I was standing outside the building, which I would be calling ‘home’ for the next 4-6 months. Dave was standing right next to…..a Honda Wave! “I am going to take you for a small tour of the district”, he said. Suddenly, an image from a movie came to mind: Ben and Andy are going on their first date after meeting at the bar, and he points to his choice of transportation: a motorcycle, and says to Andy: ‘are you ready to go for a ride Andy?’…..to which Andy replies with the same question but different intonation: ‘are YOU ready to go for a ride Ben’? (How to Lose a Guy in 10 days) Hahahaha….Was I ready to go for a ride?
Me? Get on that, for real? How was I supposed to hang on to my seat-cane and still hang on to the rider for safety? I was not an octopus! But adventure was part of the deal and after putting on a helmet, securing my seat-cane with a bungee cord to my waist, and wrestling with my legs and balance I was able to get on the back of the bike. Dave took off and I hung on to him for dear life!!!
The experience was great; I am not so sure Dave’s waist agreed though…I was hanging on hard! We went to look around Wat Doi Saket, to the fishpond, and to the Dam. What a wonderful ride that was!
While riding with Dave that first time I remembered the Elite Honda I used to own, a gift from my brother Emilio. I loved riding it; I even rode it to the school where I used to work. When I told this to Dave he insisted I gave it a try, not on his, but on Natch’s, which was a Scoopy, an automatic, much easier than Dave’s. I did. I was terrified and thrilled at the same time. Between my balance issues due to the neuropathy and my forgotten experience I wobbled but I did it and it felt amazing!
A few weeks later I saw myself searching for a bike! You ought to see the amount of bike markets and stores, used and new, it was a bit overwhelming making a decision. I opted to rent one first and to see how I did with it. I chose one that was not too high for my legs and not too heavy. The fishpond was the witness to my first lesson. Going around the pond, trying out the brakes, always-knowing Dave was walking around in case anything happened. He was so nice, patient, understanding and encouraging. Soon, my previous knowledge came rushing back and slowly my confidence grew stronger. However, on the way back to the Wat I learned my first hard lesson; scared to ride it up the hill, I stopped and turned right in the middle of the ascent; long story short, the bike tilted to the side, I tried hard to hold the bike and kind of succeeded but it was scary and difficult! I had bruises on both arms for days!
It is not hard to see that Thailand is definitely a motorbike country! I have to say that maybe 75-80% of the population drives a ‘motorcy’. Back home one could see a few motorcycles, mainly Harleys and Hondas but nothing like here. I have seen such a variety of bikes it is unbelievable! Yamaha and Honda are the most popular but there are others as well. I was in shock when I saw the first PINK bike, so lady like, it made them look so easy to drive! Yes, they come in all different colors and styles: blue, orange, yellow, light-blue, purple, red…automatic, non-automatic….Fino, Mio, Amore, Scoopy, Wave, Dream….you name it.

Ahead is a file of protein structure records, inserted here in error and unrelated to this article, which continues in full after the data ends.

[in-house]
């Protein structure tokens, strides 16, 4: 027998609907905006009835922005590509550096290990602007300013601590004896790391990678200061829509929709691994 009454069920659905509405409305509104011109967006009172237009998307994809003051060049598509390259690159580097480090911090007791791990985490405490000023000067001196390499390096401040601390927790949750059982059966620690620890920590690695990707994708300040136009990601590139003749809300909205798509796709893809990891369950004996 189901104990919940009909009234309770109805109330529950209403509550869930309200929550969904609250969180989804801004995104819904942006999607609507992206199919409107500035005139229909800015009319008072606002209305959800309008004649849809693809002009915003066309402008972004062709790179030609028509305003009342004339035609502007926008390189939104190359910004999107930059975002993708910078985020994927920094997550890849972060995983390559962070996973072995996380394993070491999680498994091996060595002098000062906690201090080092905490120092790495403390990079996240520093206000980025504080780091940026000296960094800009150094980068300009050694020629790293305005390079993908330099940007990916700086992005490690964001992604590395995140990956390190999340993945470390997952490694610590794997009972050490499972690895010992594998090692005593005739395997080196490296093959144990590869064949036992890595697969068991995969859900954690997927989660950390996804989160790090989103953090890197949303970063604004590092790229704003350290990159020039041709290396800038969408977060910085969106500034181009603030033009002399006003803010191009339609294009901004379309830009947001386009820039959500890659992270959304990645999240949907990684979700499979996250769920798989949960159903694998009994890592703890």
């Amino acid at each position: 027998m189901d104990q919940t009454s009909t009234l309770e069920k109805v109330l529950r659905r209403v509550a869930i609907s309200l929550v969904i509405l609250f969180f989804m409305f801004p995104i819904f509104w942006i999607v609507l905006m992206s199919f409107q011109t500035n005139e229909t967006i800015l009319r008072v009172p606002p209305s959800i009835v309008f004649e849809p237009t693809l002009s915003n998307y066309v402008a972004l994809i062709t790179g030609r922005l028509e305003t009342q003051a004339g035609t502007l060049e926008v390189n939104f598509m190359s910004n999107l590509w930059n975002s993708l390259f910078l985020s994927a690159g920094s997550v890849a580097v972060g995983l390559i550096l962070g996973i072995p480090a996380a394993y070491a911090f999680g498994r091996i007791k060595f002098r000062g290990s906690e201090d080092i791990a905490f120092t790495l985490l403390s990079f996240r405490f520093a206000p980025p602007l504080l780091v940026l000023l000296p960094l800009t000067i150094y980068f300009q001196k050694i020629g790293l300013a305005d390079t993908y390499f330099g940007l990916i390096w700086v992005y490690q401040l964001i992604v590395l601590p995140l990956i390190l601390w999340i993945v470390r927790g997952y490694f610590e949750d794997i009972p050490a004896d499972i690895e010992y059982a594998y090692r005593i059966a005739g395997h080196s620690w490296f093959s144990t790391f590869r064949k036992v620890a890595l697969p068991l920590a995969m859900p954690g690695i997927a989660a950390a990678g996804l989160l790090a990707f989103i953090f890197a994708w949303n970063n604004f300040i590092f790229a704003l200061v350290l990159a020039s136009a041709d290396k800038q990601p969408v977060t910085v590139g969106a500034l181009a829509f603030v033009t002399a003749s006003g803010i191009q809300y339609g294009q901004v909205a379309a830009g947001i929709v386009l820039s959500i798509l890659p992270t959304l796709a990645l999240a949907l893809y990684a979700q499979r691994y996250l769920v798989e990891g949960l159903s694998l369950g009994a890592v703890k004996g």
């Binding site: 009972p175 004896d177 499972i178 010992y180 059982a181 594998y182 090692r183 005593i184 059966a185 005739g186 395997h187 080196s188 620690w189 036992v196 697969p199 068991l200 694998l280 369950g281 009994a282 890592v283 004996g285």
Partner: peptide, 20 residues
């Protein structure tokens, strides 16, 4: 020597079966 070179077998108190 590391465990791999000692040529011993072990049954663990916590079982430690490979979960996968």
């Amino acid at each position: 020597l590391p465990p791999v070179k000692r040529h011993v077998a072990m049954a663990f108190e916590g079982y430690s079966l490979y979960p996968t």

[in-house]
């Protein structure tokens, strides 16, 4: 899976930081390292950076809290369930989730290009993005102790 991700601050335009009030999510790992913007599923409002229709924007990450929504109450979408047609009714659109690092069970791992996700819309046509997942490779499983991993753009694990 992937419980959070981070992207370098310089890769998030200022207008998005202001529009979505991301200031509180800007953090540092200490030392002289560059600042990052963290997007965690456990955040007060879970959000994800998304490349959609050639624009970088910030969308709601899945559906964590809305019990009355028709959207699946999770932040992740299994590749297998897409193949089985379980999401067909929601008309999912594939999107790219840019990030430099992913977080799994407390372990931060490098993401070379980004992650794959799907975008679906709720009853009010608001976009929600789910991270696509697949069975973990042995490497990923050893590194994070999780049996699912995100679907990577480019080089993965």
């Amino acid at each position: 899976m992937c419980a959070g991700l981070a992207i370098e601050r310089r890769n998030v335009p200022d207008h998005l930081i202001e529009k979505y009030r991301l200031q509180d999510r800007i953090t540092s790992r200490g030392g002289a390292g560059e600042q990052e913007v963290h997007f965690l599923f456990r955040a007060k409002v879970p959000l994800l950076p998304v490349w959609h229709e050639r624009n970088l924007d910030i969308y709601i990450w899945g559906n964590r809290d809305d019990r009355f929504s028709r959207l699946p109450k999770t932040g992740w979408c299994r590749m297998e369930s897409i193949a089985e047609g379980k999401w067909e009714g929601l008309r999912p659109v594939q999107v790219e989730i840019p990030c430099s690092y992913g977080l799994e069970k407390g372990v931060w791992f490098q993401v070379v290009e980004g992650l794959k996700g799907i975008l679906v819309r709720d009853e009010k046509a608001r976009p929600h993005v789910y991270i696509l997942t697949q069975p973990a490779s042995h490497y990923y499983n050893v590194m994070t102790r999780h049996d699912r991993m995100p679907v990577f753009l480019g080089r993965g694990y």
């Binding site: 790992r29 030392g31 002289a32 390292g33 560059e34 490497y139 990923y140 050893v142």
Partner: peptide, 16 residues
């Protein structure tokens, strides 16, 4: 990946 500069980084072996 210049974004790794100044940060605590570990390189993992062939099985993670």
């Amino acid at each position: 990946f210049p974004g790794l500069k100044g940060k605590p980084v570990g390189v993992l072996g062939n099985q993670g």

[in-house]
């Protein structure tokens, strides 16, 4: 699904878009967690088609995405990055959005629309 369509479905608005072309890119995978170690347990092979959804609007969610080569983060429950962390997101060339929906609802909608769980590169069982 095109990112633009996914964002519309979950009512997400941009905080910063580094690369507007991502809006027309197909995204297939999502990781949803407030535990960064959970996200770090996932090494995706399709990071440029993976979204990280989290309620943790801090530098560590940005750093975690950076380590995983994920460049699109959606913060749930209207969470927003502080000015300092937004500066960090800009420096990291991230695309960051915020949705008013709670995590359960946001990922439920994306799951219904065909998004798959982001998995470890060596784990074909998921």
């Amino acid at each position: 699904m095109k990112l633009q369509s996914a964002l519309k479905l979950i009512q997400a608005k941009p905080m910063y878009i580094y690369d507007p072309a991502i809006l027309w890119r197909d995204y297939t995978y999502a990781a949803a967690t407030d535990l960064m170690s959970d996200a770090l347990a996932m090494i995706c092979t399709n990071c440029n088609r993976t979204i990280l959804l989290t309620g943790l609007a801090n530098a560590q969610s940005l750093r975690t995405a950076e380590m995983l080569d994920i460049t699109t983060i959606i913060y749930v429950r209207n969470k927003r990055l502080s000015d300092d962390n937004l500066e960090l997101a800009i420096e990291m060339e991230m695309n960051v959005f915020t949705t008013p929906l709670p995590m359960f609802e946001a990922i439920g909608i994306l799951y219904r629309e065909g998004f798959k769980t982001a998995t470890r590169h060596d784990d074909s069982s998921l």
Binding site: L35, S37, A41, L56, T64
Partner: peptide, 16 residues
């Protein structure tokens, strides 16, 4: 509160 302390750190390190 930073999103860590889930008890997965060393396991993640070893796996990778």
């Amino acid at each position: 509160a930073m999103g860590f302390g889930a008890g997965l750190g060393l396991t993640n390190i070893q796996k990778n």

When I first planned on volunteering I pictured the Monastery to be out in the wild with no paved streets, but this one does have paved streets and it is right next to a small town that makes it perfect for having a bike.
I have slowly gone from ‘holding on for dear life’ to ‘lifting both arms and happily feel the wind on my face’; no more bungee cord for my seat-cane or holding on tight, my middle section has gotten the ‘feel’ of riding the bike and now I can take a picture, drink a cup of coffee…..even carry a big laundry bag on my lap!! Hahahaha I know, crazy, huh? But you have got to see what Thai people are able to do and carry on the bikes. I have seen: young girls all dressed up and wearing high heels; family of 3-5 on one bike; kids fast asleep on the back of the parent driving; animals balancing on their own in front of the bike with two paws on the seat and the other two on the handle; girls seated side-ways on the back texting, unworried. Some bikes even have an extra front seat, specially installed for kids.
I feel very lucky to have chosen this program amongst many others. Dave is great and is always there to help and make my stay a memorable one. Being a volunteer with the Atma Seva-Wat Doi Saket project has been a great experience. It has allowed me the opportunity to teach (which is one of my passions) at the Buddhist monastery, but it has also given me the opportunity to ‘dive’ into the Thai culture; riding a bike has been an incredible way of doing this.
Bike hunting was fun and exhausting and I had mixed feelings: excitement and terror! But excitement won and thanks to my brother’s generosity I now have my own bike, an orange Yamaha Fino.
I am blessed with the opportunity of being here. Dave and I have been exploring the area, riding on the back roads, learning about Thai culture, enjoying the views, visiting markets, fairs, festivals, schools, Wats, parks, making new friends…riding along happily….and when we least expect it after a turn on the road, the universe has a peaceful sunset over the mountains reflecting the sunlight on the rice fields…a perfect way to wind up long riding days.
Riding a bike here in Thailand has been exhilarating! The sense of freedom, the sun hitting my skin, the music of the wind singing in my ears, the song in my heart, and an unvoiced, sometimes voiced, energizing shout in my lips. After a few days of having my own bike, Dave asked me: “have you sung already while riding your bike?” I laughed so much because that was exactly the way I felt! Feelings are universal, after all.